Monday, July 25, 2011

Consort Profile: Queen Marie Leszczyńska of Poland

His Most Christian Majesty King Louis XV of France probably does not have the reputation of being the greatest husband in history but he did have a few years as a devoted spouse and he had an admirable queen consort in the person of his Polish wife Marie Leszczynska of Poland. She was born in Trzebnica, Poland on June 23, 1703 the second daughter of King Stanislaw I of the Polish-Lithuanian Commonwealth and his wife Queen Catherine Opalinska. Her early years were spent being swept along by the political turmoil swirling around her father. Polish politics was never for the faint of heart and it was a constant struggle for King Stanislaw to keep, retain or re-take his throne depending on the situation. Her father had been placed on the throne by the warrior-King Charles XII of Sweden and there were rivalries within and the threat of another partition from without on the part of Prussia, Russia and Austria. Because of this situation Marie spent much of her childhood outside of Poland, in Sweden or in France. While in France she was even proposed to by the Prince of Conde, but nothing came of it.

However, the idea of a marriage with the Bourbons of France did not go away. The King of Poland was in need of any sort of political support and individuals in France began to consider Princess Marie a possibility too. The young King Louis XV was in need of a wife and yet every possibility seemed to bring too much political baggage to the table. Poland, however, had very few friends and thus a marriage with a Polish princess would not bring with it any unwanted entanglements. The Prince of Conde had no hard feelings and supported the match as did Cardinal Fleury who had replaced the prince as prime minister to Louis XV. She was young, pretty, good natured and politically neutral, in short, she came to be seen as the ideal choice. She was older than the King (22 years to his 15) but not excessively so and could be expected on to fulfill her duty to secure the succession right away. So, on August 15, 1725 the two were married by proxy at the cathedral of Strasbourg with the Duke of Orleans standing in for the King. The couple did not actually meet in person until the day before their face-to-face ceremony on September 5, 1725.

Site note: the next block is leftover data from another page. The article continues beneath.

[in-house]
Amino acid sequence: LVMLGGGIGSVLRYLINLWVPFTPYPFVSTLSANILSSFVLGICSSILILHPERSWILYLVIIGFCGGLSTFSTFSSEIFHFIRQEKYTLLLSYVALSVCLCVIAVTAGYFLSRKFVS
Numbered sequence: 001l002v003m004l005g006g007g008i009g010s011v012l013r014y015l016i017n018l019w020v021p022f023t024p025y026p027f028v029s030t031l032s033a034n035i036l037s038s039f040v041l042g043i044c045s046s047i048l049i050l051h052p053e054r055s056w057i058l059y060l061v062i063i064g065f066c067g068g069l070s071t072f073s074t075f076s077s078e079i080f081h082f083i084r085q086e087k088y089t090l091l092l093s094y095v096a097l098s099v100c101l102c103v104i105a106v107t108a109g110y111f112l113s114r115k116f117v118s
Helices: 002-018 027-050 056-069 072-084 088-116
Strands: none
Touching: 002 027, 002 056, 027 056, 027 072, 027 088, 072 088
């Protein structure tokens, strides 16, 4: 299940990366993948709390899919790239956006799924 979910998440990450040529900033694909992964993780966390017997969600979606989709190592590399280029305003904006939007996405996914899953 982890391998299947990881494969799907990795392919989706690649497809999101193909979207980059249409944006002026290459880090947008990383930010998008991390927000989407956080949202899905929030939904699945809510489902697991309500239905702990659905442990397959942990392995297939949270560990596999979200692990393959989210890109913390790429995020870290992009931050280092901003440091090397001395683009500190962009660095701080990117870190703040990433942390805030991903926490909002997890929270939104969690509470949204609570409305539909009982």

As is often the case, the new Queen Marie faced her share of difficulties after coming to France and marrying the King. Some of the more elitist elements at court thought a marriage to a Polish princess whose father only briefly and intermittently held a throne beneath the dignity of a Bourbon monarch of France. Ugly rumors were spread about the new Queen but, as hurtful as these must have been, Marie never showed any sign in public that such was the case. The common people of France were impressed with her from the start as she gave out alms to the poor on the way to her wedding. Nor were their any complaints from King Louis who fell instantly in love with the young Polish princess and she with him. Their initial life together seemed idyllic and so it was. They were infatuated with each other and in no time at all the new Queen consort was pregnant with twins. In 1727 she gave birth to two girls; Princess Louise Elisabeth and Princess Henriette Anne at Versailles. A son, of course, was what was hoped for, but the twins were healthy, the couple still young and in love and there was no great worry that more children would follow and France would have a son and heir.

The snobs at court still smirk at their Polish queen but she proved them all wrong by keeping the affection of her husband and did indeed give birth to eight more children; six girls and two boys including the sought-after Dauphin Louis Ferdinand. Despite all the negativity directed at the Queen, she was not lacking in intelligence nor in diligence. The elaborate protocol of Versailles frustrated many a royal consort but the Queen worked hard to master it and if the gossiping bothered her she certainly never let it show but carried herself always with grace and dignity. However, her many pregnancies caused the age difference between her and her husband to become more evident and the lustful King Louis began to wander. Her feelings had not changed and she was hurt by the string of mistresses Louis XV began to take but, to her credit, she never made a scene over his affairs, always remaining polite and friendly.